Below is its C++ implementation.

// Program to solve Job Assignment problem // using Branch and Bound #include <bits/stdc++.h> using namespace std; #define N 4 // state space tree node struct Node { // stores parent node of current node // helps in tracing path when answer is found Node* parent; // contains cost for ancestors nodes // including current node int pathCost; // contains least promising cost int cost; // contain worker number int workerID; // contains Job ID int jobID; // Boolean array assigned will contains // info about available jobs bool assigned[N]; }; // Function to allocate a new search tree node // Here Person x is assigned to job y Node* newNode(int x, int y, bool assigned[], Node* parent) { Node* node = new Node; for (int j = 0; j < N; j++) node->assigned[j] = assigned[j]; node->assigned[y] = true; node->parent = parent; node->workerID = x; node->jobID = y; return node; } // Function to calculate the least promising cost // of node after worker x is assigned to job y. int calculateCost(int costMatrix[N][N], int x, int y, bool assigned[]) { int cost = 0; // to store unavailable jobs bool available[N] = {true}; // start from next worker for (int i = x + 1; i < N; i++) { int min = INT_MAX, minIndex = -1; // do for each job for (int j = 0; j < N; j++) { // if job is unassigned if (!assigned[j] && available[j] && costMatrix[i][j] < min) { // store job number minIndex = j; // store cost min = costMatrix[i][j]; } } // add cost of next worker cost += min; // job becomes unavailable available[minIndex] = false; } return cost; } // Comparison object to be used to order the heap struct comp { bool operator()(const Node* lhs, const Node* rhs) const { return lhs->cost > rhs->cost; } }; // print Assignments void printAssignments(Node *min) { if(min->parent==NULL) return; printAssignments(min->parent); cout << "Assign Worker " << char(min->workerID + 'A') << " to Job " << min->jobID << endl; } // Finds minimum cost using Branch and Bound. int findMinCost(int costMatrix[N][N]) { // Create a priority queue to store live nodes of // search tree; priority_queue<Node*, std::vector<Node*>, comp> pq; // initailize heap to dummy node with cost 0 bool assigned[N] = {false}; Node* root = newNode(-1, -1, assigned, NULL); root->pathCost = root->cost = 0; root->workerID = -1; // Add dummy node to list of live nodes; pq.push(root); // Finds a live node with least cost, // add its childrens to list of live nodes and // finally deletes it from the list. while (!pq.empty()) { // Find a live node with least estimated cost Node* min = pq.top(); // The found node is deleted from the list of // live nodes pq.pop(); // i stores next worker int i = min->workerID + 1; // if all workers are assigned a job if (i == N) { printAssignments(min); return min->cost; } // do for each job for (int j = 0; j < N; j++) { // If unassigned if (!min->assigned[j]) { // create a new tree node Node* child = newNode(i, j, min->assigned, min); // cost for ancestors nodes including current node child->pathCost = min->pathCost + costMatrix[i][j]; // calculate its lower bound child->cost = child->pathCost + calculateCost(costMatrix, i, j, child->assigned); // Add child to list of live nodes; pq.push(child); } } } } // Driver code int main() { // x-cordinate represents a Worker // y-cordinate represents a Job int costMatrix[N][N] = { {9, 2, 7, 8}, {6, 4, 3, 7}, {5, 8, 1, 8}, {7, 6, 9, 4} }; /* int costMatrix[N][N] = { {82, 83, 69, 92}, {77, 37, 49, 92}, {11, 69, 5, 86}, { 8, 9, 98, 23} }; */ /* int costMatrix[N][N] = { {2500, 4000, 3500}, {4000, 6000, 3500}, {2000, 4000, 2500} };*/ /*int costMatrix[N][N] = { {90, 75, 75, 80}, {30, 85, 55, 65}, {125, 95, 90, 105}, {45, 110, 95, 115} };*/ cout << "\nOptimal Cost is " << findMinCost(costMatrix); return 0; }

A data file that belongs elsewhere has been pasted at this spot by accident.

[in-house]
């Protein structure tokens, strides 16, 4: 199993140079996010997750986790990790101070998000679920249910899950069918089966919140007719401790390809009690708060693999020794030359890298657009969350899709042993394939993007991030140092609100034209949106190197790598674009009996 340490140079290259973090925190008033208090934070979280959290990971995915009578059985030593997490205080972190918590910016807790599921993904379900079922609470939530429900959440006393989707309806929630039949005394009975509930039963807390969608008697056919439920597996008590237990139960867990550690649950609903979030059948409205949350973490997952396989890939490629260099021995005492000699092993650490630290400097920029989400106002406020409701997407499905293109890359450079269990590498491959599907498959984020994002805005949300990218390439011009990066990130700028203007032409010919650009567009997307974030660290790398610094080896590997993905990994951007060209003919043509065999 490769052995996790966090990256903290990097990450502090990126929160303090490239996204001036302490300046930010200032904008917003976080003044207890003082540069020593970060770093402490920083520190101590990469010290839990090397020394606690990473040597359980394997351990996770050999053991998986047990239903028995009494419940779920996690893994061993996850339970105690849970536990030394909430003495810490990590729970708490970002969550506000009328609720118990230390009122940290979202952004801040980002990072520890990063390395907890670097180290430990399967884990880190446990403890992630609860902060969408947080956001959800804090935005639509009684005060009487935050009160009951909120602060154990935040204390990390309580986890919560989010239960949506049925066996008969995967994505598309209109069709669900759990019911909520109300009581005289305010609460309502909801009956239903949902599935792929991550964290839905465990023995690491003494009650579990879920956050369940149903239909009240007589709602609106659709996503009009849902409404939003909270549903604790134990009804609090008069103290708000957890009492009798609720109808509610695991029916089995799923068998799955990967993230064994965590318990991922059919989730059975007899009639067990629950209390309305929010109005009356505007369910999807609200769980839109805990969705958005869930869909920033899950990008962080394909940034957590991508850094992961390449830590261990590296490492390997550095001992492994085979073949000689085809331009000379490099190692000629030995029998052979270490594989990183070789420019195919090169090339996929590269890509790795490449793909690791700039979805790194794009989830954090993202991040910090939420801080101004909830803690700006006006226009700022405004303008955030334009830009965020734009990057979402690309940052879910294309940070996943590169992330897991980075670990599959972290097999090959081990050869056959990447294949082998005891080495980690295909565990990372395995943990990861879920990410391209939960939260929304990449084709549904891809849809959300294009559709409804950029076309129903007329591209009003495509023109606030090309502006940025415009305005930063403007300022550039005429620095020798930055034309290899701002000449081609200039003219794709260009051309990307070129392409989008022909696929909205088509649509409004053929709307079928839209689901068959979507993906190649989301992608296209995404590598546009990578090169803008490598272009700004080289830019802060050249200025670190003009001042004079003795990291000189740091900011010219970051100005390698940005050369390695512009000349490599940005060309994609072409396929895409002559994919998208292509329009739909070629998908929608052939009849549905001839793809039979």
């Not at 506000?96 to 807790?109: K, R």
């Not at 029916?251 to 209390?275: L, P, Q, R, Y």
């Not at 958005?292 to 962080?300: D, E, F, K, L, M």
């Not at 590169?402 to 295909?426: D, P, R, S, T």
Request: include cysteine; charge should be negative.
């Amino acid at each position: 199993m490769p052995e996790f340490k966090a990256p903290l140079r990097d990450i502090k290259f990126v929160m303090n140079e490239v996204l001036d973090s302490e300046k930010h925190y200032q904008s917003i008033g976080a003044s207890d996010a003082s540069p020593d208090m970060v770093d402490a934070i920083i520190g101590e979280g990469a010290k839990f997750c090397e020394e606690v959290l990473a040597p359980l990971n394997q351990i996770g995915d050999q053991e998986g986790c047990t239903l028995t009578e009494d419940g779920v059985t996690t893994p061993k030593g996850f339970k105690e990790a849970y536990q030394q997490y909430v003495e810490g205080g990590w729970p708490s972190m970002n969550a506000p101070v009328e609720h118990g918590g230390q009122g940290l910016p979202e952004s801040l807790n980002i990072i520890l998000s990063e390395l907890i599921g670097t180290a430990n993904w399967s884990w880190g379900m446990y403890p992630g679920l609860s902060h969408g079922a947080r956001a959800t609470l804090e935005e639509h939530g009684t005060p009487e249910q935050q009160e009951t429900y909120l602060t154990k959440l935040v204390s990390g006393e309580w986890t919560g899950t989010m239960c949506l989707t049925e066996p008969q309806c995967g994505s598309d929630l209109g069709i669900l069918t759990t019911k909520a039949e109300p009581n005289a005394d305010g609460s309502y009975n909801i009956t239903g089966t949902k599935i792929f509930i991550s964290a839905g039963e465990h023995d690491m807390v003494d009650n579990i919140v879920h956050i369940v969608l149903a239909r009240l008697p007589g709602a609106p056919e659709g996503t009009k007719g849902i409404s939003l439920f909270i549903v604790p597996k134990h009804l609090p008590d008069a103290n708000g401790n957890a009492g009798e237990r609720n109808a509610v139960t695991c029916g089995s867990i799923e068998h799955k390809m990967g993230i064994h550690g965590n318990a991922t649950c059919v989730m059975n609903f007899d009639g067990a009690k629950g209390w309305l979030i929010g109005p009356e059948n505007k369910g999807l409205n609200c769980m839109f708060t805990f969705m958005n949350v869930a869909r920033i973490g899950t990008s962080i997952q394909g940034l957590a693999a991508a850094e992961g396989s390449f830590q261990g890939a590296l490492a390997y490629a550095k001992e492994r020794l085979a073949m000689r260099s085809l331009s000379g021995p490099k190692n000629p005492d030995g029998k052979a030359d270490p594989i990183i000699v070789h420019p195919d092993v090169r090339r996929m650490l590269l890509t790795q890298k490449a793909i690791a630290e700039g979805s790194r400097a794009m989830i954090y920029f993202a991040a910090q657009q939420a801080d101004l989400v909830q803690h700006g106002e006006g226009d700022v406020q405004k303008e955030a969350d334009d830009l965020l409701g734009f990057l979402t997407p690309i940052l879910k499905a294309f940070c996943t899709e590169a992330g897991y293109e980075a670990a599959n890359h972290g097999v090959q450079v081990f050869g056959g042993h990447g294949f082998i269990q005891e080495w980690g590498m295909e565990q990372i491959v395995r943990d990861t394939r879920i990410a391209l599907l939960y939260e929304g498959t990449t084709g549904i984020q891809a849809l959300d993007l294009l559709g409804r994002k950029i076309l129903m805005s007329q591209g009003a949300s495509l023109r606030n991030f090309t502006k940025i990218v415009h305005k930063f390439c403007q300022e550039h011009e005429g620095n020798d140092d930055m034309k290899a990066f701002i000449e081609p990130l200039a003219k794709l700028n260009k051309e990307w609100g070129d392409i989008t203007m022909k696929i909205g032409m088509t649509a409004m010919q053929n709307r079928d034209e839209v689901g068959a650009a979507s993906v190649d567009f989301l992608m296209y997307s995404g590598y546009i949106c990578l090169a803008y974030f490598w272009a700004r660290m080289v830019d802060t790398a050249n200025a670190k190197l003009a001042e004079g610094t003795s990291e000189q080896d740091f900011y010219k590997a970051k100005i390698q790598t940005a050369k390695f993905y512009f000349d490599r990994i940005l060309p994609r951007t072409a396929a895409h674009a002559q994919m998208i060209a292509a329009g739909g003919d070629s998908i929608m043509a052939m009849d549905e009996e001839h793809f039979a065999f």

Output :

Assign Worker A to Job 1 Assign Worker B to Job 0 Assign Worker C to Job 2 Assign Worker D to Job 3 Optimal Cost is 13

**Reference : **

www.cs.umsl.edu/~sanjiv/classes/cs5130/lectures/bb.pdf